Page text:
said Tuesday that it expects to have clinical data for a COVID-19 booster that protects against the original strain of the virus as well as omicron by the end of June, with the expectation that this would be the shot that is rolled out to Americans in the fall.
The company is working on several bivalent COVID-19 boosters, which essentially combine the original COVID-19 vaccine, which is based on the strain of the virus that was first identified in Wuhan, with different variants of concern. It’s also testing a standalone omicron booster.
“A bivalent booster vaccine, if authorized, would create a new tool as we continue to respond to emerging variants,” Moderna CEO Stéphane Bancel said in a news release.
One of Moderna’s booster candidates is a mix of the original vaccine with omicron. That shot is currently in a Phase 2/3 clinical trial, with data expected sometime in the second quarter.
Moderna said it expects that this vaccine will be the “lead candidate” for a booster rollout this fall in the Northern Hemisphere.
“Many countries are telling us this is the vaccine they want for fall of 2022,” Bancel said March 28 at its investor day, according to a FactSet transcript. “They understand that waning is happening, and that this is going to be required, especially for people at high risk.”
The company’s other booster candidate pairs the original wild-type vaccine with beta, a strain that was first identified in South Africa and declared a variant of concern in December 2020. Beta is no longer circulating.
What makes this combination important to understand is that beta and omicron share what are called “antibody escape site mutations,” though omicron is much more transmissible than beta. This is why people who are fully vaccinated or immune from a past infection can still get infected.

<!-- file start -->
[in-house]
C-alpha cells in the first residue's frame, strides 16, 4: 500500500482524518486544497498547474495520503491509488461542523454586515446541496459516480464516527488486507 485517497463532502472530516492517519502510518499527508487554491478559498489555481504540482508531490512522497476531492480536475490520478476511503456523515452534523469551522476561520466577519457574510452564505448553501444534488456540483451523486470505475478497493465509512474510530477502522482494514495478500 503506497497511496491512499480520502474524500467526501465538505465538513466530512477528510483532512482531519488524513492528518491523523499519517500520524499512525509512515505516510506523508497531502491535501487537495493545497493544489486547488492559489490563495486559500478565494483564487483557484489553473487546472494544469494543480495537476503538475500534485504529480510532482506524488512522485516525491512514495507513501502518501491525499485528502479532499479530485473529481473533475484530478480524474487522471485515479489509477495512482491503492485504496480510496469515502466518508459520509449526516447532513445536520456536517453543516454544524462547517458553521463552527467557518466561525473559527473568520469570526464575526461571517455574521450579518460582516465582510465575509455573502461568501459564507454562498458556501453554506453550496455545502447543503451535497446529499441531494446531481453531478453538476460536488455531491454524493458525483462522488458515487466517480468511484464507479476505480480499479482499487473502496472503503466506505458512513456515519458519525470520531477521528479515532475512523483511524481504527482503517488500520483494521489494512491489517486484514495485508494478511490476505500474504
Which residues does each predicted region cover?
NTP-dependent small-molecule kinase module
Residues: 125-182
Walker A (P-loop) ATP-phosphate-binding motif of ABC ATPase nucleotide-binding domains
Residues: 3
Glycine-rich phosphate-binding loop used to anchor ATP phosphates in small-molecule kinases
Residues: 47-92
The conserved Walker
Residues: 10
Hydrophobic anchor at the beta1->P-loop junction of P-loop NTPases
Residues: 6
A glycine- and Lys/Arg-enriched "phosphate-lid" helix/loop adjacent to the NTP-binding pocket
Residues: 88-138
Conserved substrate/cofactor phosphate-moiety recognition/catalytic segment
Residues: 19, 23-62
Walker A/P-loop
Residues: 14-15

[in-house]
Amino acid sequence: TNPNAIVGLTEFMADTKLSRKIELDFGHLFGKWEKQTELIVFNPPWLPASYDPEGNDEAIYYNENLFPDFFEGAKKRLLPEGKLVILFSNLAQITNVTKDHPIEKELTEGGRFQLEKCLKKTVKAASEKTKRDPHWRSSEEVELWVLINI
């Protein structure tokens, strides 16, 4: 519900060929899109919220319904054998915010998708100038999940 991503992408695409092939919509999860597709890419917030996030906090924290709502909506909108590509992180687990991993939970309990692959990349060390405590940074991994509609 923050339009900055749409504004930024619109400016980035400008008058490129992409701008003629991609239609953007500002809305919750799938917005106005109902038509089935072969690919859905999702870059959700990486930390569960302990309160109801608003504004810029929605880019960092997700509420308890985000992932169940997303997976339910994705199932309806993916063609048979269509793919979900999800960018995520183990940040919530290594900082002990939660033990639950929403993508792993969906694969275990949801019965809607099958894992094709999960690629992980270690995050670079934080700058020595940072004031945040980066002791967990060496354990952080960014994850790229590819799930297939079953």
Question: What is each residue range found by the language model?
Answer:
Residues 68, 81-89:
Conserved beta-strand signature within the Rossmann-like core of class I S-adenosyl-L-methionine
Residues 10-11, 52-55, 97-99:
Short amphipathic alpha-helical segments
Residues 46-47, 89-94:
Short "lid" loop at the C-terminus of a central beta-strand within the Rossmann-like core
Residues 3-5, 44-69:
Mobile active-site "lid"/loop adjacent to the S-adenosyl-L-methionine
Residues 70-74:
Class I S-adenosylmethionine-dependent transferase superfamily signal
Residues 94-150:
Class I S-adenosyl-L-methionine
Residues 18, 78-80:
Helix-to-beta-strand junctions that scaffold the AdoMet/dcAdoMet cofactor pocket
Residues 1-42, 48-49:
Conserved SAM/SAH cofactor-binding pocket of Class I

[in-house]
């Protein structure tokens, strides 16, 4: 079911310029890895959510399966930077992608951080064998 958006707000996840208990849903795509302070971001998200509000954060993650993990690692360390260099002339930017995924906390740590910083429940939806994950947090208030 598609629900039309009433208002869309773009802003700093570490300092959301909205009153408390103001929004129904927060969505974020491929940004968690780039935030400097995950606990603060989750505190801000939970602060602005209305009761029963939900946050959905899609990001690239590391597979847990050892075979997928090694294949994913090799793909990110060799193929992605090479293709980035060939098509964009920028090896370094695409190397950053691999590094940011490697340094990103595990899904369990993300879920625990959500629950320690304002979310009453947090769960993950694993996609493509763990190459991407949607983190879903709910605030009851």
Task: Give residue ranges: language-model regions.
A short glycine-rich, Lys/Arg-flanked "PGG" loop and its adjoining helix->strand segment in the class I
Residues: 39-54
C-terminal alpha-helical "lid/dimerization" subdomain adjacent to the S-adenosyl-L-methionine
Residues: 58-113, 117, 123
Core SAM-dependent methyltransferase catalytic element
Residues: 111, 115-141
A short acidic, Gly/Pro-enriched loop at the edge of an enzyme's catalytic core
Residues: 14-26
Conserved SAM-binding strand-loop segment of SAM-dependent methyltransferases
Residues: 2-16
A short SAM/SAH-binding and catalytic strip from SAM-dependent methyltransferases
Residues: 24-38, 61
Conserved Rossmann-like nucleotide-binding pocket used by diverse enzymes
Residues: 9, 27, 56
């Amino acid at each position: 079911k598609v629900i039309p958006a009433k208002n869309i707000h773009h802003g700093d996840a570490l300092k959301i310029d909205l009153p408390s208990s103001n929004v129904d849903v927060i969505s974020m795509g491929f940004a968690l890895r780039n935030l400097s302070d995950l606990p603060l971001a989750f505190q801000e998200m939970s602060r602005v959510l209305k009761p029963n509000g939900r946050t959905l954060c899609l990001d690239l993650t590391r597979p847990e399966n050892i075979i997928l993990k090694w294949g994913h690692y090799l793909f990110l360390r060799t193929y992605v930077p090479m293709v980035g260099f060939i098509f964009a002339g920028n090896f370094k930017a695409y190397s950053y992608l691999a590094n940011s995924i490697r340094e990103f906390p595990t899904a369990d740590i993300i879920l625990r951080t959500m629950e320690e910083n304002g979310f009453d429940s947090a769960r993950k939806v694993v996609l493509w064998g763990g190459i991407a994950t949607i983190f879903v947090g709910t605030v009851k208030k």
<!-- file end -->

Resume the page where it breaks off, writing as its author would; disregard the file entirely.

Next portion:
Preliminary research published last Friday found that this booster generated more than two times the antibody titers against omicron compared to Moderna’s currently approved booster at the six-month mark. The open-label Phase 2/3 study tested the experimental shot in people who had previously received the company’s primary series of shots.
“Cross-neutralization of multiple variants and the potency and durability of the antibody response appear to be advantages of bivalent booster vaccines that contain both the ancestral SARS-CoV-2 and variant spike sequences,” the Moderna scientists wrote. “Such vaccines may represent an important strategy as we respond to emerging SARS-CoV-2 variants.”
Another preprint that was published Friday further backs this line of thinking. The study, albeit very small and preliminary, examined 18 people in South Africa who had been infected with beta and later received two doses of BioNTech SE
and Pfizer Inc.’s
This combination “elicited neutralization with substantially lower omicron escape,” the researchers wrote.
Moderna’s stock has declined 41.3% so far this year, while the broader S&P 500
is down 7.8%.